As even a brief survey of the world could tell you, we live in the future. As such, isn't it about time to stop plugging wires into all your devices? Qi-compatible charging is showing up in more phones and tablets to make it easier to get some juice by just setting your phone down. Still, there isn't a good wireless solution for the car, but the Air Dock might be the first. This device is currently on Indiegogo with a few weeks to go, and we've got some prototypes to test. So, is this a crowd funding project you need to back?
How It Works
The Air Dock relies on a microsuction surface to hold your device in place. So you just attach the suction cup to your dash or windshield, then drop the phone on and it should hold. This is the same tech that was used in the Nexus wireless charging orb, which didn't hold particularly well. However, in the case of the Air Dock, the hold seems to be much better. The surface is completely flat, so the surface area of your phone in contact with the dock is much larger. You can give this thing a solid shake the phone won't budge.
The standard Air Dock works best when the device has a smooth glossy back (like a Galaxy S4 or Nexus 4) – that's just a consequence of how microsuction works. That's why there is a second version of the Air Dock that relies on magnets – we have one of these in for testing too. The magnets in the dock line up with the metal disks in some phones like the Nexus 5. The matte back on the N5 does stick to microsuction, but not well enough to use as a car dock.
So that's the principle behind attaching the phone, but the real reason you might want the Air Dock is for the Qi charging. Behind the sticky surface is the inductive Qi charging coil. When your phone is attached, charging will happen immediately without plugging anything in. It requires a 2.1A micro-USB power adapter, though, like most wireless chargers.
But Does It Work?
The regular microsuction Air Dock works very well with a smooth device. I attached a Nexus 4 to the Air Dock, and as expected, it stuck. You have to press a little when you attach to make sure the grip is strong, but then it's not going anywhere. I shook it around, rode around with it in the car for a bit, and it didn't come loose. When you want to detach, just give it a solid tug while holding the base and it should snap off.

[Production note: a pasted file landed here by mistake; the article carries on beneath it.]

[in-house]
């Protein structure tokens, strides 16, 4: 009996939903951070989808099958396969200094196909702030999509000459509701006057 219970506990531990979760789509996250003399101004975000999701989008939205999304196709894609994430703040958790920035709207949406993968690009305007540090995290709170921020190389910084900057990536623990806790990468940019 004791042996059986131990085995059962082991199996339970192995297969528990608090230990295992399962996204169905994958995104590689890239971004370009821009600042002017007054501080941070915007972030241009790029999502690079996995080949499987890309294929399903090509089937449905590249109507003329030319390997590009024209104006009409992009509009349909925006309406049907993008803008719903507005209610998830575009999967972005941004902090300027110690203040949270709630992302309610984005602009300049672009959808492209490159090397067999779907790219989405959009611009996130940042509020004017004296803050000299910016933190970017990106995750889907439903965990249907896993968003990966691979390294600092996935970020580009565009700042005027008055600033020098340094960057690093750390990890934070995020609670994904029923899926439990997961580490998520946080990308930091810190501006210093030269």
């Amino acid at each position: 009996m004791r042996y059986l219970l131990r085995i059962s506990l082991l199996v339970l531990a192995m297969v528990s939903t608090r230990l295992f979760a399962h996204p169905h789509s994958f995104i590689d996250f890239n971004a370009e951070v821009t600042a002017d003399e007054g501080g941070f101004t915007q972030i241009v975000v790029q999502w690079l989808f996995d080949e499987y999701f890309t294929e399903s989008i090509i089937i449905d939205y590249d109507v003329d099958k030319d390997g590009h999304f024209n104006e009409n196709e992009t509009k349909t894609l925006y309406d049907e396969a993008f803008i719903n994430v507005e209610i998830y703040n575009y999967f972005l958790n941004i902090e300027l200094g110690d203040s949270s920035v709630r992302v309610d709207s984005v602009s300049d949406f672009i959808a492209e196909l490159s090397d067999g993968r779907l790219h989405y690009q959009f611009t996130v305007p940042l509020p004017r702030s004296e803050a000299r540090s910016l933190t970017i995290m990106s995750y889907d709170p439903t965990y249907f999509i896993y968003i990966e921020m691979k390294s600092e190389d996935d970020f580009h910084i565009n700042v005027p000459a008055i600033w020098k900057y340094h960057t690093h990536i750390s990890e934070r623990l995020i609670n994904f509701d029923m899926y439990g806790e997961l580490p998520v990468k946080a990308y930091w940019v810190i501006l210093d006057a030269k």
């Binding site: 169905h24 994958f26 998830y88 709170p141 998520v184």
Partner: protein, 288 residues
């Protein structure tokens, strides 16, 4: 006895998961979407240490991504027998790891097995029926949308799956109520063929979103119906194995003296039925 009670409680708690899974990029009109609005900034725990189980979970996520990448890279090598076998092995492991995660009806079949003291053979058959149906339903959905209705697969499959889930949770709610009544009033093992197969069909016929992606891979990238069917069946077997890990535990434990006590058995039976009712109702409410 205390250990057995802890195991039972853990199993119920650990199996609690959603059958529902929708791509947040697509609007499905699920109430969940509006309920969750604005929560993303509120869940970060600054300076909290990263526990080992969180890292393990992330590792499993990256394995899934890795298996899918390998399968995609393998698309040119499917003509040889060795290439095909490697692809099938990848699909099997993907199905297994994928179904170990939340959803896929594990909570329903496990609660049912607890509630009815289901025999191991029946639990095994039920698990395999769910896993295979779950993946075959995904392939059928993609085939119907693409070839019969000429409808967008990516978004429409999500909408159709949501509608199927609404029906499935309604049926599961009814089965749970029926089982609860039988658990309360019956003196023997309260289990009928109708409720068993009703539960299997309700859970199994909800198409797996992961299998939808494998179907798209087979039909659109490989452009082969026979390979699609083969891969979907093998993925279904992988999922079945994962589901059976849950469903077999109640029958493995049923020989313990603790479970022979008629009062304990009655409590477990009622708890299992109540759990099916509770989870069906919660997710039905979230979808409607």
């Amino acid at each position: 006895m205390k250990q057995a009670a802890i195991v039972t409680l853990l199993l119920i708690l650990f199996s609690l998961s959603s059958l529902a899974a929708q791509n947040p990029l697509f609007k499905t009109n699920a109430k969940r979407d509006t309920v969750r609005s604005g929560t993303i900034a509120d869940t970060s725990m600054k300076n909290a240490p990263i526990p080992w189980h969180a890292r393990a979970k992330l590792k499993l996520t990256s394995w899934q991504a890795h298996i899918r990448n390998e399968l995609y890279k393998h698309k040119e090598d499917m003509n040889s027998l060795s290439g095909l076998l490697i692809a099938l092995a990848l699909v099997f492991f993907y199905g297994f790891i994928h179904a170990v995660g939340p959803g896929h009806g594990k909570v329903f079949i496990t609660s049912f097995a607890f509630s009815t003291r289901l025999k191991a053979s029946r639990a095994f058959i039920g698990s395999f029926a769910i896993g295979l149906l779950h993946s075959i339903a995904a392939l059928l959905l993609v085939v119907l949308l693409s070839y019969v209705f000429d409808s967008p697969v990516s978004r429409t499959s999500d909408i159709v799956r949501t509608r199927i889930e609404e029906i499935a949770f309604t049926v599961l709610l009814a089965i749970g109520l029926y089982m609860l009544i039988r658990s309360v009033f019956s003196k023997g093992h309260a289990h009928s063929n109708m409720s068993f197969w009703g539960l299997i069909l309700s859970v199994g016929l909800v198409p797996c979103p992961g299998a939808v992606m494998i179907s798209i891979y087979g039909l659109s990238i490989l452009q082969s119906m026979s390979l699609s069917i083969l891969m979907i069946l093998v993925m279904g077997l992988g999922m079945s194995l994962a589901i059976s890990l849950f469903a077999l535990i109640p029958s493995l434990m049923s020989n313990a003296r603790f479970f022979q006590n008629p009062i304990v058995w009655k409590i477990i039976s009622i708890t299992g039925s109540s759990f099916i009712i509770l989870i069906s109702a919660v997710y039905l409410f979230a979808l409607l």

I also put the Nexus 5 in a case to simulate a phone that doesn't have a glass back, but is still somewhat glossy. Again, the standard Air Dock held on very well. The grip wasn't quite as solid as it was with the glass N4, but I'd say it was 90% as good. Still more than sufficient to use as a car dock. Microsuction surfaces will accumulate dust over time and get less grippy, but you should be able to wash it off and continue to use it normally. I haven't had the dock long enough to see how that works here, but that's been the case with similar devices I've used.
What really appeals to me is the magnetic version. Inside are a few tiny neodymium rare Earth magnets spaced to grab onto the Nexus 5 just like the official Nexus charger. The Nexus 5 clips on just as you'd expect and stays put. It doesn't quite have the supernatural hold of a glossy phone on the microsuction, but it's still more than enough for a car dock. Some other phones (like the GS4) have sensors that will be triggered by the magnets, so you'd want to use the regular Air Dock instead.
You might be wondering if the magnets will also work with the 2013 Nexus 7, since it uses the same Nexus charger system. Well, yes. I have to say I'm pretty jazzed about this – the N7 is pretty neat as an in-car navigation system. Obviously, you'll need to tether it to a phone or have the LTE N7 to make this practical, but it's still a nice option. The N7 stays attached, though I've noticed it is liable to fall off if hung completely upside down. In the car, it hasn't been an issue.
As for charging, the Air Dock seems to provide almost 1A of current output to the device when plugged into a 2.1A adapter. That's about what you'd expect from other wireless chargers and is sufficient to keep your phone charging while using turn-by-turn navigation (albeit a little slowly). I can't really speak to the rest of the build as this is a prototype and the mounting bracket is 3D printed. What I see of the final product looks good, though.
It's looking like the Air Dock is going to hit its funding target, which is a fixed funding goal, thankfully. It is closing in on $50,000 with the minimum funding set at $60,000. There are a limited number of spots in the first fun of the campaign, so make sure to get your pledge in if you want an Air Dock by April 2014. More perks will be added if there is interest.